The 411

There’s been a superfluity of hubbub and a plethora of hullabaloo surrounding the T-Mobile myTouch 4G Slide’s revolutionary new 8-megapixel camera. T-Mobile reps have even touted the myTouch 4G Slide as not only the greatest camera phone ever created, but as a viable replacement for your trusty old point-and-shoot camera. The horror! Some of you expressed your disappointment in my Smartphone vs. Digital Camera article, demanding visual comparison tests that proved a phone camera could not match the likes of an average point-and-shoot compact camera. Consider that article my mulligan, as this one is chock full of visual comparisons based solely on image quality.

I pinned the T-Mobile myTouch 4G Slide against the Sony Cyber-shot DSC-WX10. Both have back-illuminated CMOS sensors, Panorama Sweep, and HDR, so this head-to-head is about as close as you can get regarding camera abilities. Of course, the Sony was far more capable when it came to manual controls, and its video quality trounced the myTouch 4G Slide, thanks to the camera’s 1080i AVCHD. But if you’re entranced with still image quality alone, and are toying with the prospect of killing two sparrows with one bowling ball by purchasing the myTouch 4G Slide and sending your point-and-shoot away on an indefinite vacation, then you’ll want to read this first.

The Rules

I shot with the T-Mobile myTouch 4G Slide and Sony Cyber-shot DSC-WX10 in identical photographic environments. Both devices captured images at the highest quality available. Multiple shots were taken with each gadget, and the most optimal representation of the camera’s ability was chosen. I shot like a typical point-and-shooter, delving into Scene modes and relying primarily on Auto Mode.

The images embedded in this article should be clicked on and viewed at their full resolution in order to obtain the full merit of the tests.  (click any of the images for much larger views.)

Round 1: Portrait

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In bright light, I have to give the T-Mobile myTouch 4G Slide credit for its razor sharp rendering of lines and edges. In fact, the myTouch 4G Slide exhibits slightly less noise and better sharpening than the Sony Cyber-shot DSC-WX10. However, the Slide’s color palette resides quite far from the mark, and I attribute that to a poor Auto White Balance system. It’s most evident when viewing the rear wheel of the Thunderbike. Notice how the swingarm (metal frame holding the rear wheel in place) is laced with a pinkish hue while the WX10’s picture is devoid of any color aberration. In this case, both cameras tie the round.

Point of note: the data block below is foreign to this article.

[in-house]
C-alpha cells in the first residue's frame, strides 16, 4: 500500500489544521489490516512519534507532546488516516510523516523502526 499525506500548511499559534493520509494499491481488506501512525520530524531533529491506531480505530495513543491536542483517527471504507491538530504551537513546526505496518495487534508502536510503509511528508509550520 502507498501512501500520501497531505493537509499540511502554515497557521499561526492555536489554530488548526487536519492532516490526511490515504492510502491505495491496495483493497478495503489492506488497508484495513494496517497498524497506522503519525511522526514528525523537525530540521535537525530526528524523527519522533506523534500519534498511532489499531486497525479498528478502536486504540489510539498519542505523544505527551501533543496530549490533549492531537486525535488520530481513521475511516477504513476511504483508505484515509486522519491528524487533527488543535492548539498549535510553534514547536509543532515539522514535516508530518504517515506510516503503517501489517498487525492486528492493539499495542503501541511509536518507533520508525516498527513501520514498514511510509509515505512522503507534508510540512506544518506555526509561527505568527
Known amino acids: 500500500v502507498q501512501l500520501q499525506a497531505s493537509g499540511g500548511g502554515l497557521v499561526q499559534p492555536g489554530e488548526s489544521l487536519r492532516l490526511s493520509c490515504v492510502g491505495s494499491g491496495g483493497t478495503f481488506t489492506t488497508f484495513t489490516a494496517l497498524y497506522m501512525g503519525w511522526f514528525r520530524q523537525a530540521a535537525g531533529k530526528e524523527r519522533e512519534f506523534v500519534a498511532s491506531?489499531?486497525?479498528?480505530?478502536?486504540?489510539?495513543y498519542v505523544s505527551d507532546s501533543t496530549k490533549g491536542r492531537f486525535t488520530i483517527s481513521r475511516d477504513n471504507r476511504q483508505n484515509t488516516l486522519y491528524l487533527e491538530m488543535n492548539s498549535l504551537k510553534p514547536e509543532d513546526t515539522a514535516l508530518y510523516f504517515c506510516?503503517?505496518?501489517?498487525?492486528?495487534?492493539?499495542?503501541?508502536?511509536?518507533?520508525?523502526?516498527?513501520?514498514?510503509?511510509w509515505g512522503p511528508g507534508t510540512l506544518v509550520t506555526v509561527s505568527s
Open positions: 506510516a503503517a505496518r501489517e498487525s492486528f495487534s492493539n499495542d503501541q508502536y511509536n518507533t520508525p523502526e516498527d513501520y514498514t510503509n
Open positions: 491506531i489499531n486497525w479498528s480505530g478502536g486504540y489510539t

TIE – T-Mobile myTouch 4G and Sony Cyber-shot DSC-WX10

Round 2: Macro

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Even in Macro mode, the myTouch 4G Slide’s Auto White Balance failed to dial the Kelvin properly. The detail is outstanding for a camera phone, and even edges out the Sony Cyber-shot DSC-WX10, but the color debacle renders the Slide the loser of this round. Just compare the greens alone, and it’s more than palpable.

WIN – Sony Cyber-shot DSC-WX10

Round 3: HDR

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HDR is breeding like bunnies across the consumer camera landscape, and both gadgets have it. With a traditional HDR mode, the camera is capturing three images at different exposures and then blending them together to quell blown highlights and expose deep shadows. What I found with Sony’s HDR mode is that it provided a more even tone across the entire image, but rendered it too flat—more artistic. The myTouch 4G’s HDR mode worked wonderfully, though I could discern sharp color gradation in the sky at full resolution. Also, Sony wins with the better color palette, though I like the Slide’s image better. This is another tie, but only because the Sony was capable of matching the Slide’s HDR image by shooting in regular Auto mode, without the need for HDR.